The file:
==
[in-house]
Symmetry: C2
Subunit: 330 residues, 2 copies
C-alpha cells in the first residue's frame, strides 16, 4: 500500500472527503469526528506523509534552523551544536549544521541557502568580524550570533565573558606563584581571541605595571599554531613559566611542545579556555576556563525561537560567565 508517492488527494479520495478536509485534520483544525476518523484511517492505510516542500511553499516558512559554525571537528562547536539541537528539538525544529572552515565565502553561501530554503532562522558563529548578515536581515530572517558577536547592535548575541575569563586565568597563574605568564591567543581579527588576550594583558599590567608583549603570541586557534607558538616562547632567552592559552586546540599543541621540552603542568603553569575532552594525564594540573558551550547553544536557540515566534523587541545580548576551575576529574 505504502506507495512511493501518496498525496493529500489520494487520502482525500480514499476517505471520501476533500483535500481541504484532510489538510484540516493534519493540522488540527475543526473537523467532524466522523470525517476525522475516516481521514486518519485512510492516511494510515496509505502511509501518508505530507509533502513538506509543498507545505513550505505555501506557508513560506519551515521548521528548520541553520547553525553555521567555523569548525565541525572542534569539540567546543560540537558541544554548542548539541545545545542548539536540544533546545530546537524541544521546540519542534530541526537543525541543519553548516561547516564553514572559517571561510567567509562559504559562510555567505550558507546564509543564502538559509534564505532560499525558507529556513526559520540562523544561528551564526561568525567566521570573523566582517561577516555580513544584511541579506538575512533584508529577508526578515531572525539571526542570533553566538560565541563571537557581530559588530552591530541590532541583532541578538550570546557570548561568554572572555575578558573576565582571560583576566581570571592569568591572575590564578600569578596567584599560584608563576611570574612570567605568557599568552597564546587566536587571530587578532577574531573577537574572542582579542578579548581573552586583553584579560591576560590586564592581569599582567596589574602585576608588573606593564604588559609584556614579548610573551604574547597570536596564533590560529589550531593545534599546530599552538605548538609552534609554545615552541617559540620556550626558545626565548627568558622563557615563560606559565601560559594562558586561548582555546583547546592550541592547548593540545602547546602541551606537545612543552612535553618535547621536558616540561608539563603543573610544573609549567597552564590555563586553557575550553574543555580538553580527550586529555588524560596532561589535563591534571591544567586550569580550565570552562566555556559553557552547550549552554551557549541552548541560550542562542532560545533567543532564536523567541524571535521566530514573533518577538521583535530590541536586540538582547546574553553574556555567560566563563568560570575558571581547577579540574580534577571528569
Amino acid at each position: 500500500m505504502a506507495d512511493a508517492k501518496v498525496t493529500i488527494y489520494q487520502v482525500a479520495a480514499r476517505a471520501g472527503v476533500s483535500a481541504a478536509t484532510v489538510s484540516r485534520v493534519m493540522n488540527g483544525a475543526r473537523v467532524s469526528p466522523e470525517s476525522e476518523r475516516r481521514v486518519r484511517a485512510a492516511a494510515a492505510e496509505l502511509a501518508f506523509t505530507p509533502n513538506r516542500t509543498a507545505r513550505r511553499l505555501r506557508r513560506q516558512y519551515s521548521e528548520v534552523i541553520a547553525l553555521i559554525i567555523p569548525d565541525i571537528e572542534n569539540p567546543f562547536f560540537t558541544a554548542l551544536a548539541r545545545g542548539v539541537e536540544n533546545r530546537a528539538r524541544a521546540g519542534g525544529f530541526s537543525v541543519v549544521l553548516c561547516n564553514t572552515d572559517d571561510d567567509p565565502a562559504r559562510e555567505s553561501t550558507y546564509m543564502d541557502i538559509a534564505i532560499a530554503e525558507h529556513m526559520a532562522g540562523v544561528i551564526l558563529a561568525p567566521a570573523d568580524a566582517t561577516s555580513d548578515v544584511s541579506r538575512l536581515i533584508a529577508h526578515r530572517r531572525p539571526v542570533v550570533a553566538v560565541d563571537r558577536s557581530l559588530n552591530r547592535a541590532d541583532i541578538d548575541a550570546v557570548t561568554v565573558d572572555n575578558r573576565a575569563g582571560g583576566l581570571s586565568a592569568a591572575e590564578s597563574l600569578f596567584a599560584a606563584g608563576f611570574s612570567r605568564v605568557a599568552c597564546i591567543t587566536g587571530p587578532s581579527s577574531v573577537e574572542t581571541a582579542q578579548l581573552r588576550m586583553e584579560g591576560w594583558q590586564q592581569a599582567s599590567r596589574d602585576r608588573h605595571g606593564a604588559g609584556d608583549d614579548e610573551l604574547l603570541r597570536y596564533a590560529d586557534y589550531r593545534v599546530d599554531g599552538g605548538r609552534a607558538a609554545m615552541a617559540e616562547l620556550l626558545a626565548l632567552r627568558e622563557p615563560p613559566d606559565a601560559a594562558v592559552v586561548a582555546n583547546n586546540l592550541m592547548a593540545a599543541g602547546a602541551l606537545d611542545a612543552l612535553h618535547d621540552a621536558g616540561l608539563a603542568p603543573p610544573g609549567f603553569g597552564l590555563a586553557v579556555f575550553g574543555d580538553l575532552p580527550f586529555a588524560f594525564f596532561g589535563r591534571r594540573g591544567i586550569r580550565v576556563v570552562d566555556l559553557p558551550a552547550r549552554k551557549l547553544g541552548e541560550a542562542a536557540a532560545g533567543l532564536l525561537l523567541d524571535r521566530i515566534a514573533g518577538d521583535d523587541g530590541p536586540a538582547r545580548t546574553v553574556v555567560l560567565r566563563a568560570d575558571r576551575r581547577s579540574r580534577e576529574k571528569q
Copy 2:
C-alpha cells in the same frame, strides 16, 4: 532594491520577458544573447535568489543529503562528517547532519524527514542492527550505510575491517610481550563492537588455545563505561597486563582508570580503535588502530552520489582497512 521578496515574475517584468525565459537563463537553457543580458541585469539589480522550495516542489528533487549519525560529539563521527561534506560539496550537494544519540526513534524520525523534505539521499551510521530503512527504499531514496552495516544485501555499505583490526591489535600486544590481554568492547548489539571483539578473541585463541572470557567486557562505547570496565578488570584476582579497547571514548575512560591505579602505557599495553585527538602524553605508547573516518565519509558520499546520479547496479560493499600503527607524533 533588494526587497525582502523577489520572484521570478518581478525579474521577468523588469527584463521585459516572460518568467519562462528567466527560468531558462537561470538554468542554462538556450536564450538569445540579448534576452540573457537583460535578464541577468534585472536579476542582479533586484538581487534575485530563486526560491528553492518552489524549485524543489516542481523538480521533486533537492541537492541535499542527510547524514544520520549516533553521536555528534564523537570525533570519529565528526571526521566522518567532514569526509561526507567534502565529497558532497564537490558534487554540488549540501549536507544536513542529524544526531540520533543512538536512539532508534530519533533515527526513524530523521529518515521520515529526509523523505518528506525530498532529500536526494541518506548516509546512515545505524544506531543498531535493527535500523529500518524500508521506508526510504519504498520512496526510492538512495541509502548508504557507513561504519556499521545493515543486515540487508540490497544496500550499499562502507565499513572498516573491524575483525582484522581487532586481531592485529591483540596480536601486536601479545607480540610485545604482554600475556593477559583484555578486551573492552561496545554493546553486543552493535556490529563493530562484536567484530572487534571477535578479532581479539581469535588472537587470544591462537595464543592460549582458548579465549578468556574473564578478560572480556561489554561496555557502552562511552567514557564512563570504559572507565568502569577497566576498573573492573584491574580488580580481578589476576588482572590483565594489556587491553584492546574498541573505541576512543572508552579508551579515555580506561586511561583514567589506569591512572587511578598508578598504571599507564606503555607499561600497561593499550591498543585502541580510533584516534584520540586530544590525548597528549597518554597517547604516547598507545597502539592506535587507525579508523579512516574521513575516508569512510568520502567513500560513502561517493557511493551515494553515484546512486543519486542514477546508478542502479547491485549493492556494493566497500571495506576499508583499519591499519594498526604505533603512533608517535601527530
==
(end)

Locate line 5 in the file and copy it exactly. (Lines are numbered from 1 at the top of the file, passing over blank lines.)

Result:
Amino acid at each position: 500500500m505504502a506507495d512511493a508517492k501518496v498525496t493529500i488527494y489520494q487520502v482525500a479520495a480514499r476517505a471520501g472527503v476533500s483535500a481541504a478536509t484532510v489538510s484540516r485534520v493534519m493540522n488540527g483544525a475543526r473537523v467532524s469526528p466522523e470525517s476525522e476518523r475516516r481521514v486518519r484511517a485512510a492516511a494510515a492505510e496509505l502511509a501518508f506523509t505530507p509533502n513538506r516542500t509543498a507545505r513550505r511553499l505555501r506557508r513560506q516558512y519551515s521548521e528548520v534552523i541553520a547553525l553555521i559554525i567555523p569548525d565541525i571537528e572542534n569539540p567546543f562547536f560540537t558541544a554548542l551544536a548539541r545545545g542548539v539541537e536540544n533546545r530546537a528539538r524541544a521546540g519542534g525544529f530541526s537543525v541543519v549544521l553548516c561547516n564553514t572552515d572559517d571561510d567567509p565565502a562559504r559562510e555567505s553561501t550558507y546564509m543564502d541557502i538559509a534564505i532560499a530554503e525558507h529556513m526559520a532562522g540562523v544561528i551564526l558563529a561568525p567566521a570573523d568580524a566582517t561577516s555580513d548578515v544584511s541579506r538575512l536581515i533584508a529577508h526578515r530572517r531572525p539571526v542570533v550570533a553566538v560565541d563571537r558577536s557581530l559588530n552591530r547592535a541590532d541583532i541578538d548575541a550570546v557570548t561568554v565573558d572572555n575578558r573576565a575569563g582571560g583576566l581570571s586565568a592569568a591572575e590564578s597563574l600569578f596567584a599560584a606563584g608563576f611570574s612570567r605568564v605568557a599568552c597564546i591567543t587566536g587571530p587578532s581579527s577574531v573577537e574572542t581571541a582579542q578579548l581573552r588576550m586583553e584579560g591576560w594583558q590586564q592581569a599582567s599590567r596589574d602585576r608588573h605595571g606593564a604588559g609584556d608583549d614579548e610573551l604574547l603570541r597570536y596564533a590560529d586557534y589550531r593545534v599546530d599554531g599552538g605548538r609552534a607558538a609554545m615552541a617559540e616562547l620556550l626558545a626565548l632567552r627568558e622563557p615563560p613559566d606559565a601560559a594562558v592559552v586561548a582555546n583547546n586546540l592550541m592547548a593540545a599543541g602547546a602541551l606537545d611542545a612543552l612535553h618535547d621540552a621536558g616540561l608539563a603542568p603543573p610544573g609549567f603553569g597552564l590555563a586553557v579556555f575550553g574543555d580538553l575532552p580527550f586529555a588524560f594525564f596532561g589535563r591534571r594540573g591544567i586550569r580550565v576556563v570552562d566555556l559553557p558551550a552547550r549552554k551557549l547553544g541552548e541560550a542562542a536557540a532560545g533567543l532564536l525561537l523567541d524571535r521566530i515566534a514573533g518577538d521583535d523587541g530590541p536586540a538582547r545580548t546574553v553574556v555567560l560567565r566563563a568560570d575558571r576551575r581547577s579540574r580534577e576529574k571528569q